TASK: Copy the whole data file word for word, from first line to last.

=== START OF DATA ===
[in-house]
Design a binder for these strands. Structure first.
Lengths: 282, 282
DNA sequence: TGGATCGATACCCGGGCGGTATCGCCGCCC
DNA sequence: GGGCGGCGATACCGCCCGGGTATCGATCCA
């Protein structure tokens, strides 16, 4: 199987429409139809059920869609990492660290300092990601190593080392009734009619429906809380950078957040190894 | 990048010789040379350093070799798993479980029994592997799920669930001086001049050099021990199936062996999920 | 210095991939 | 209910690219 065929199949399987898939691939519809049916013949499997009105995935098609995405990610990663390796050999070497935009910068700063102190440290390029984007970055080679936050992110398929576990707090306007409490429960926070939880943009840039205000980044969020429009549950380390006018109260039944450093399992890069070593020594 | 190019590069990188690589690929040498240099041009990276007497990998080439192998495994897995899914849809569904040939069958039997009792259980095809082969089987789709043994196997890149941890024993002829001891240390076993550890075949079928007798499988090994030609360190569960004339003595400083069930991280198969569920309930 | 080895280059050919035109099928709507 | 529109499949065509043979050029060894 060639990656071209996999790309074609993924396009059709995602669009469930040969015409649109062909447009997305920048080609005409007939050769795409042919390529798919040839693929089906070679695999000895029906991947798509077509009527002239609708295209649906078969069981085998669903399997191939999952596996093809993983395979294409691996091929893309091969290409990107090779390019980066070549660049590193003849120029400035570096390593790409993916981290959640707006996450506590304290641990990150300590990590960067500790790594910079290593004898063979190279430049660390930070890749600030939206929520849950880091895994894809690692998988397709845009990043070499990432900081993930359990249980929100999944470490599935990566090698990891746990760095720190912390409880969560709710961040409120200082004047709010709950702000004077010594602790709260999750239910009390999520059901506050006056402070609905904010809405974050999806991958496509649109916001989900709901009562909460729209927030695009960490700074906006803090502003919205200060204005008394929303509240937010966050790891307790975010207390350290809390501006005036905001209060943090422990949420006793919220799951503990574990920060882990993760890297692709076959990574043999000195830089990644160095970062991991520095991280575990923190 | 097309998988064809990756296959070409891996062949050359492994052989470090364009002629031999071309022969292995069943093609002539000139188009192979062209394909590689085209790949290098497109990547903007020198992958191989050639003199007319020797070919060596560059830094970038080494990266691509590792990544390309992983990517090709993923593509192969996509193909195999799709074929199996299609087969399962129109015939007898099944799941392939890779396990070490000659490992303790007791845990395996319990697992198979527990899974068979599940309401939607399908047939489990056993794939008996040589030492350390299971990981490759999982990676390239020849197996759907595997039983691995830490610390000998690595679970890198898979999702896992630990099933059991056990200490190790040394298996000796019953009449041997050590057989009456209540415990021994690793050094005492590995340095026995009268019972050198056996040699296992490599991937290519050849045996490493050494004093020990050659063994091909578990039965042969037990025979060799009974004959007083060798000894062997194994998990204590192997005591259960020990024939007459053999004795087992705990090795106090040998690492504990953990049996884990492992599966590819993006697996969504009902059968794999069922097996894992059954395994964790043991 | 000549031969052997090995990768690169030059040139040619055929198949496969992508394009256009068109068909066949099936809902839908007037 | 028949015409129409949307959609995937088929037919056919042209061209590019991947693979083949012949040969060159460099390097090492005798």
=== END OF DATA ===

[in-house]
Design a binder for these strands. Structure first.
Lengths: 282, 282
DNA sequence: TGGATCGATACCCGGGCGGTATCGCCGCCC
DNA sequence: GGGCGGCGATACCGCCCGGGTATCGATCCA
């Protein structure tokens, strides 16, 4: 199987429409139809059920869609990492660290300092990601190593080392009734009619429906809380950078957040190894 | 990048010789040379350093070799798993479980029994592997799920669930001086001049050099021990199936062996999920 | 210095991939 | 209910690219 065929199949399987898939691939519809049916013949499997009105995935098609995405990610990663390796050999070497935009910068700063102190440290390029984007970055080679936050992110398929576990707090306007409490429960926070939880943009840039205000980044969020429009549950380390006018109260039944450093399992890069070593020594 | 190019590069990188690589690929040498240099041009990276007497990998080439192998495994897995899914849809569904040939069958039997009792259980095809082969089987789709043994196997890149941890024993002829001891240390076993550890075949079928007798499988090994030609360190569960004339003595400083069930991280198969569920309930 | 080895280059050919035109099928709507 | 529109499949065509043979050029060894 060639990656071209996999790309074609993924396009059709995602669009469930040969015409649109062909447009997305920048080609005409007939050769795409042919390529798919040839693929089906070679695999000895029906991947798509077509009527002239609708295209649906078969069981085998669903399997191939999952596996093809993983395979294409691996091929893309091969290409990107090779390019980066070549660049590193003849120029400035570096390593790409993916981290959640707006996450506590304290641990990150300590990590960067500790790594910079290593004898063979190279430049660390930070890749600030939206929520849950880091895994894809690692998988397709845009990043070499990432900081993930359990249980929100999944470490599935990566090698990891746990760095720190912390409880969560709710961040409120200082004047709010709950702000004077010594602790709260999750239910009390999520059901506050006056402070609905904010809405974050999806991958496509649109916001989900709901009562909460729209927030695009960490700074906006803090502003919205200060204005008394929303509240937010966050790891307790975010207390350290809390501006005036905001209060943090422990949420006793919220799951503990574990920060882990993760890297692709076959990574043999000195830089990644160095970062991991520095991280575990923190 | 097309998988064809990756296959070409891996062949050359492994052989470090364009002629031999071309022969292995069943093609002539000139188009192979062209394909590689085209790949290098497109990547903007020198992958191989050639003199007319020797070919060596560059830094970038080494990266691509590792990544390309992983990517090709993923593509192969996509193909195999799709074929199996299609087969399962129109015939007898099944799941392939890779396990070490000659490992303790007791845990395996319990697992198979527990899974068979599940309401939607399908047939489990056993794939008996040589030492350390299971990981490759999982990676390239020849197996759907595997039983691995830490610390000998690595679970890198898979999702896992630990099933059991056990200490190790040394298996000796019953009449041997050590057989009456209540415990021994690793050094005492590995340095026995009268019972050198056996040699296992490599991937290519050849045996490493050494004093020990050659063994091909578990039965042969037990025979060799009974004959007083060798000894062997194994998990204590192997005591259960020990024939007459053999004795087992705990090795106090040998690492504990953990049996884990492992599966590819993006697996969504009902059968794999069922097996894992059954395994964790043991 | 000549031969052997090995990768690169030059040139040619055929198949496969992508394009256009068109068909066949099936809902839908007037 | 028949015409129409949307959609995937088929037919056919042209061209590019991947693979083949012949040969060159460099390097090492005798």